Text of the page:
Research Papers:

Triptolide, a HSP90 middle domain inhibitor, induces apoptosis in triple manner

Frederick Zhehao Zhang _, Derek Hoi-Hang Ho and Roger Hoi-Fung Wong

PDF  |  HTML  |  Supplementary Files  |  How to cite  |  Order a Reprint

Oncotarget. 2018; 9:22301-22315. https://doi.org/10.18632/oncotarget.24737

Metrics: PDF 924 views  |   HTML 1827 views  |   ?  


Frederick Zhehao Zhang1,2,*, Derek Hoi-Hang Ho1,* and Roger Hoi-Fung Wong1

1Department of Biology, Hong Kong Baptist University, Hong Kong SAR, Hong Kong

2Department of Chemistry, University of Hong Kong, Hong Kong SAR, Hong Kong

*These authors contributed equally to this work

Correspondence to:

Roger Hoi-Fung Wong, email: rogerwong@hkbu.edu.hk

Keywords: triptolide; HSP90; CDC37; apoptosis; cancer

Received: October 13, 2017     Accepted: February 24, 2018     Published: April 27, 2018


Triptolide (TL) is a potent anti-tumor, anti-inflammatory and immunosuppressive natural compound. Mechanistic studies revealed that TL inhibits tumor growth and triggers programmed cell death. Studies further suggested that TL inhibits heat shock response in cancer cells to induce apoptosis. HSP90β is the major component of heat shock response and is overexpressed in different types of cancers. Given almost all identified HSP90β inhibitors are either N or C-terminal inhibitors, small molecules attacking cysteine(s) in the middle domain might represent a new class of inhibitors. In the current study, we showed that TL inhibits HSP90β in triple manner. Characterization suggests that TL inhibits ATPase activity by preventing ATP binding thus blunts the chaperone activity. TL disrupts HSP90β-CDC37 (co-chaperone) complex through middle domain Cys366 of HSP90β and causes kinase client protein degradation. At the cellular level, the TL-mediated decrease in CDK4 protein levels in HeLa cells causes reduced phosphorylation of Rb resulting in cell cycle arrest at the G1 phase. Furthermore, our results demonstrated that TL triggers programmed cell death in an HSP90β-dependent manner as knockdown of HSP90β further sensitized TL-mediated cell cycle arrest and apoptotic effect. Surprisingly, our data showed that TL is the first drug to be reported to induce site-specific phosphorylation of HSP90β to drive apoptosome formation in the early phase of the treatment.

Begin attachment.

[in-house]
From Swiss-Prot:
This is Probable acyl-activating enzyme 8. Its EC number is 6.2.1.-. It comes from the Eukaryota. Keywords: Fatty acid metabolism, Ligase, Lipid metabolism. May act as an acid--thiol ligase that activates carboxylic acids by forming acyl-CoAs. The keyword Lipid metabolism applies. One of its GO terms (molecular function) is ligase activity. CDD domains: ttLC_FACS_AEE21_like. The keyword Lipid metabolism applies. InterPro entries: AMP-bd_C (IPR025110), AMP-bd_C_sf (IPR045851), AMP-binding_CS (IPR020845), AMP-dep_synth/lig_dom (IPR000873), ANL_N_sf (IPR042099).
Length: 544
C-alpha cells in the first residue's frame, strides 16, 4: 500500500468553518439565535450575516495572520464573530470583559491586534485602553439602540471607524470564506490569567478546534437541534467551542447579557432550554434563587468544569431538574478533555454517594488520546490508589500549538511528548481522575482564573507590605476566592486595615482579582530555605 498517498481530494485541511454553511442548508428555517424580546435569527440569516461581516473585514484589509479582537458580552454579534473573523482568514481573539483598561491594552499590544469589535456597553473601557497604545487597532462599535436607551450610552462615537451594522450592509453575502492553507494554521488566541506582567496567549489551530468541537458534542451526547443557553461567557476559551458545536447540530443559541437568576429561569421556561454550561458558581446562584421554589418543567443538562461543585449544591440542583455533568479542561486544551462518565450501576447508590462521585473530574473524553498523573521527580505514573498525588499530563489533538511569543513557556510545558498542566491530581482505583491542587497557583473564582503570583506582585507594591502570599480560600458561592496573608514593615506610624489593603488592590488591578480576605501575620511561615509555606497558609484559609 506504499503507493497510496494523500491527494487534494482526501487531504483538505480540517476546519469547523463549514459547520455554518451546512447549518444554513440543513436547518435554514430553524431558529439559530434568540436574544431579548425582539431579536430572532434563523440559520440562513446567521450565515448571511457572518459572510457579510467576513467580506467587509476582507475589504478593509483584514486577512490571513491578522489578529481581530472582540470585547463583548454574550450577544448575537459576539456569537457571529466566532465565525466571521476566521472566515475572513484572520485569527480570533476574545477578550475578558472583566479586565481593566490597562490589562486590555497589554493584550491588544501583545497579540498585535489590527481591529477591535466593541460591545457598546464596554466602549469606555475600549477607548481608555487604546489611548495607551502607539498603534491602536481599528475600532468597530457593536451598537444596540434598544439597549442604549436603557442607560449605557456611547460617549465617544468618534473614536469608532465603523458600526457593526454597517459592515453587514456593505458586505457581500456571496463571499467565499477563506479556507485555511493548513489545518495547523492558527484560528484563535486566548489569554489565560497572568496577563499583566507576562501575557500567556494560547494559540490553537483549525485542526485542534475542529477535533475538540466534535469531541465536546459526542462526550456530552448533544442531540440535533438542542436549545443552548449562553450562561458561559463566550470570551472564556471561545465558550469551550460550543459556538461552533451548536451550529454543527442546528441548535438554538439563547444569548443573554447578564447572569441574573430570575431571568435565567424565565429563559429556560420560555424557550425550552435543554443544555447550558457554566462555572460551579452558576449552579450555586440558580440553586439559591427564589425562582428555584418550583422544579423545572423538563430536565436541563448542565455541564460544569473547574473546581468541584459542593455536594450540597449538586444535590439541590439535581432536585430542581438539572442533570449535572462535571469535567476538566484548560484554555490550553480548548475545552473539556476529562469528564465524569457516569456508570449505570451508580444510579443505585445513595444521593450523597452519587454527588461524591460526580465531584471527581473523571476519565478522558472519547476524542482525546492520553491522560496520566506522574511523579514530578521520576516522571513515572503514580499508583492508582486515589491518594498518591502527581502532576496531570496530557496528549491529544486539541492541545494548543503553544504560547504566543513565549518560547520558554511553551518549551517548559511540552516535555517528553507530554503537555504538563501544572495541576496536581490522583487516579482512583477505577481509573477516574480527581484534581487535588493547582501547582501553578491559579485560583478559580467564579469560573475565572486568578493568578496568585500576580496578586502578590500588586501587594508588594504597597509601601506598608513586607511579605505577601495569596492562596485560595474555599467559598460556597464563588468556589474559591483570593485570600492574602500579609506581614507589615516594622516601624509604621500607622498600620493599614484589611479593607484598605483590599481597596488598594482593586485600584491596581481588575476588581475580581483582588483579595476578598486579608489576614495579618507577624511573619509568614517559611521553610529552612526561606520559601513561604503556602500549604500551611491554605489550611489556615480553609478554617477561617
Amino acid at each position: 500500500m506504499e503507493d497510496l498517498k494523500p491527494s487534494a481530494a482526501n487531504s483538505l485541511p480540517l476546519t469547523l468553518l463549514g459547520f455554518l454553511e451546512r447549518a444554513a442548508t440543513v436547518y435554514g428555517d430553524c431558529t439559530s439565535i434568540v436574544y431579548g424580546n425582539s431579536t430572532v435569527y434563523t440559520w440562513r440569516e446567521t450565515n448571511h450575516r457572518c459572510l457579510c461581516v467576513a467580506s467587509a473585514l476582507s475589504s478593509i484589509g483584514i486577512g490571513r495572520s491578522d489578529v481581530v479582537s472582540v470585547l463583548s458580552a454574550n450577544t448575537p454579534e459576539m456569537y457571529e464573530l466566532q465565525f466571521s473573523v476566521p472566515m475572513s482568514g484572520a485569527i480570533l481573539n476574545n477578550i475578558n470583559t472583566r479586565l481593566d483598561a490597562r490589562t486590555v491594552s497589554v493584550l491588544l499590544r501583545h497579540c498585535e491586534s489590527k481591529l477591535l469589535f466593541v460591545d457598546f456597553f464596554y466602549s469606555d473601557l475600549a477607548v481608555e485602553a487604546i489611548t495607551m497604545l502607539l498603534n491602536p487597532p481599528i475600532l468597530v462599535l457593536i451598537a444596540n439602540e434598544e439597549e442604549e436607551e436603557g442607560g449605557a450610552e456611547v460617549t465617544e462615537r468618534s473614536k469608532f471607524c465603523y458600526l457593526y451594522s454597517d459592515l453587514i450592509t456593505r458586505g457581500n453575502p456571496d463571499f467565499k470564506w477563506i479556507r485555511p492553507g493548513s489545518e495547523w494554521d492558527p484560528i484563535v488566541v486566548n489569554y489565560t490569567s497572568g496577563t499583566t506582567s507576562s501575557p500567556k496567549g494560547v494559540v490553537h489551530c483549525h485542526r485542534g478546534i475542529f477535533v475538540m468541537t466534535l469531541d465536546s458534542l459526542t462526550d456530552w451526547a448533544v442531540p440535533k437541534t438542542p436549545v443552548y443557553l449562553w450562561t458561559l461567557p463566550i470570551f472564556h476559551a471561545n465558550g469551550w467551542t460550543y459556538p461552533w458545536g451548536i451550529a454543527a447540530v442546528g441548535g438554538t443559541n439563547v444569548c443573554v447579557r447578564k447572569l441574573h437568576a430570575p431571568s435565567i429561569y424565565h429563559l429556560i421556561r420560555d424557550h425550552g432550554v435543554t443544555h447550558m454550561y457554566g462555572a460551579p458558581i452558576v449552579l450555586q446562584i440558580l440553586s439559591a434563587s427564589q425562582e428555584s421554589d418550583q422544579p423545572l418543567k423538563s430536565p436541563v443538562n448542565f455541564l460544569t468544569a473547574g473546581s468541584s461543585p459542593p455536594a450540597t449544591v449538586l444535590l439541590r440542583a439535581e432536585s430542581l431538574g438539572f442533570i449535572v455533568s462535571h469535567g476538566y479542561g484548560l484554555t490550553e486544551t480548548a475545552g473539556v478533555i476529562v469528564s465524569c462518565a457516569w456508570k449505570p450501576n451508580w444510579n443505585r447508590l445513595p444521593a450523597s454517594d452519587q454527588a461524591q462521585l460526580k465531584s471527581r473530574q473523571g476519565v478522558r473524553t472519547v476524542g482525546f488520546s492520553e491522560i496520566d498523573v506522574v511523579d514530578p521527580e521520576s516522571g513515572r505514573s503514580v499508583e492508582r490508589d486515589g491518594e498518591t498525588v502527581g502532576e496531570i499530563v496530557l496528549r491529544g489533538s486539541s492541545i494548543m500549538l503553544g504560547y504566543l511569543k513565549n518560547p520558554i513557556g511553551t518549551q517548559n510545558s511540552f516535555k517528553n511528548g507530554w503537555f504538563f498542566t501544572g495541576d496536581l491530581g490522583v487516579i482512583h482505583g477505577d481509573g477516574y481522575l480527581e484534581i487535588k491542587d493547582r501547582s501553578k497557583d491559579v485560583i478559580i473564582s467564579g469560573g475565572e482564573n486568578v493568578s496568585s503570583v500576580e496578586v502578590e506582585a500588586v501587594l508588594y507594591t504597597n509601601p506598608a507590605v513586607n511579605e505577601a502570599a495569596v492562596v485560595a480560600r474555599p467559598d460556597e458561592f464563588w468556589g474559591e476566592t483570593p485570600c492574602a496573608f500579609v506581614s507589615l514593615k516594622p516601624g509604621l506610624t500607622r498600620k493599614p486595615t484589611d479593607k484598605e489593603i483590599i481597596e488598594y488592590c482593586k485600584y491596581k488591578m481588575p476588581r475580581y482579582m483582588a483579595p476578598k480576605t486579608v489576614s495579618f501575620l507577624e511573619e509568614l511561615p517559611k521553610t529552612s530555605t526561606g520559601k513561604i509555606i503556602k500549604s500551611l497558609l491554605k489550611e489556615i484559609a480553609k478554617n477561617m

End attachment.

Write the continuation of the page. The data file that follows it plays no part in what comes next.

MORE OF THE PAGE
In summary, our study established that TL is a novel middle domain HSP90β inhibitor with bi-phasic multi-mechanistic inhibition. The unique regulatory mechanism of TL on HSP90β makes it an effective inhibitor.

Creative Commons License All site content, except where otherwise noted, is licensed under a Creative Commons Attribution 3.0 License.
PII: 24737